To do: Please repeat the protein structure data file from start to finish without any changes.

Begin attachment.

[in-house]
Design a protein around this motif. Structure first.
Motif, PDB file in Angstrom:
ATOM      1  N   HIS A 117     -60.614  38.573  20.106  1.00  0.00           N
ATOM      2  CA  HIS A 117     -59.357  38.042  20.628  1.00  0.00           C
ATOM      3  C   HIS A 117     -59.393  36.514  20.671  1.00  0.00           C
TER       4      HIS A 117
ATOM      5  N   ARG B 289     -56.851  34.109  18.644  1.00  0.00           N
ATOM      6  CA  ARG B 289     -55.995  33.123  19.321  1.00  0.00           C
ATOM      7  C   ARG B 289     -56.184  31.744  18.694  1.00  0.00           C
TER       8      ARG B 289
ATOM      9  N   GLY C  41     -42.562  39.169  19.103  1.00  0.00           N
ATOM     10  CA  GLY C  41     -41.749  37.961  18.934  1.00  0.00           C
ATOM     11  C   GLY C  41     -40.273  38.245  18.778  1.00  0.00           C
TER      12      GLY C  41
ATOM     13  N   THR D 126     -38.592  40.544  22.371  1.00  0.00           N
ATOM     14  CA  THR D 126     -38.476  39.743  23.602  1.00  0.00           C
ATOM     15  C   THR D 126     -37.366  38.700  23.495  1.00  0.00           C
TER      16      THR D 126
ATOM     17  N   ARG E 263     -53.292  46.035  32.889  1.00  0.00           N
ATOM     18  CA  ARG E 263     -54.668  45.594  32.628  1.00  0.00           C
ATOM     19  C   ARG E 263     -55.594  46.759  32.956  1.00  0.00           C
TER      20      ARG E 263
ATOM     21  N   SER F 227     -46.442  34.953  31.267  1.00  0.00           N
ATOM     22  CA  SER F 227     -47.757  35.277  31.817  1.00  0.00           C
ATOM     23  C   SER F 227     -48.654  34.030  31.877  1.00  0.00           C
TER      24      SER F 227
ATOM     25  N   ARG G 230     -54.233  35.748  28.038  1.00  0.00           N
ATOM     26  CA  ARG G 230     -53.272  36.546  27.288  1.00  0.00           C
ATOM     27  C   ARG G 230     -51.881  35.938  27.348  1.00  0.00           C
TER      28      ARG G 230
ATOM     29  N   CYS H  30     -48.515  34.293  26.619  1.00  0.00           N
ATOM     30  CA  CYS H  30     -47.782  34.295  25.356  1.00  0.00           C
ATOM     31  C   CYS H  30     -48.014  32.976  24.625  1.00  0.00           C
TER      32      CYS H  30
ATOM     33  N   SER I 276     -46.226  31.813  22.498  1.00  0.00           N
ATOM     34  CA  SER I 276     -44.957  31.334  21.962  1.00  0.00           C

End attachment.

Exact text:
[in-house]
Design a protein around this motif. Structure first.
Motif, PDB file in Angstrom:
ATOM      1  N   HIS A 117     -60.614  38.573  20.106  1.00  0.00           N
ATOM      2  CA  HIS A 117     -59.357  38.042  20.628  1.00  0.00           C
ATOM      3  C   HIS A 117     -59.393  36.514  20.671  1.00  0.00           C
TER       4      HIS A 117
ATOM      5  N   ARG B 289     -56.851  34.109  18.644  1.00  0.00           N
ATOM      6  CA  ARG B 289     -55.995  33.123  19.321  1.00  0.00           C
ATOM      7  C   ARG B 289     -56.184  31.744  18.694  1.00  0.00           C
TER       8      ARG B 289
ATOM      9  N   GLY C  41     -42.562  39.169  19.103  1.00  0.00           N
ATOM     10  CA  GLY C  41     -41.749  37.961  18.934  1.00  0.00           C
ATOM     11  C   GLY C  41     -40.273  38.245  18.778  1.00  0.00           C
TER      12      GLY C  41
ATOM     13  N   THR D 126     -38.592  40.544  22.371  1.00  0.00           N
ATOM     14  CA  THR D 126     -38.476  39.743  23.602  1.00  0.00           C
ATOM     15  C   THR D 126     -37.366  38.700  23.495  1.00  0.00           C
TER      16      THR D 126
ATOM     17  N   ARG E 263     -53.292  46.035  32.889  1.00  0.00           N
ATOM     18  CA  ARG E 263     -54.668  45.594  32.628  1.00  0.00           C
ATOM     19  C   ARG E 263     -55.594  46.759  32.956  1.00  0.00           C
TER      20      ARG E 263
ATOM     21  N   SER F 227     -46.442  34.953  31.267  1.00  0.00           N
ATOM     22  CA  SER F 227     -47.757  35.277  31.817  1.00  0.00           C
ATOM     23  C   SER F 227     -48.654  34.030  31.877  1.00  0.00           C
TER      24      SER F 227
ATOM     25  N   ARG G 230     -54.233  35.748  28.038  1.00  0.00           N
ATOM     26  CA  ARG G 230     -53.272  36.546  27.288  1.00  0.00           C
ATOM     27  C   ARG G 230     -51.881  35.938  27.348  1.00  0.00           C
TER      28      ARG G 230
ATOM     29  N   CYS H  30     -48.515  34.293  26.619  1.00  0.00           N
ATOM     30  CA  CYS H  30     -47.782  34.295  25.356  1.00  0.00           C
ATOM     31  C   CYS H  30     -48.014  32.976  24.625  1.00  0.00           C
TER      32      CYS H  30
ATOM     33  N   SER I 276     -46.226  31.813  22.498  1.00  0.00           N
ATOM     34  CA  SER I 276     -44.957  31.334  21.962  1.00  0.00           C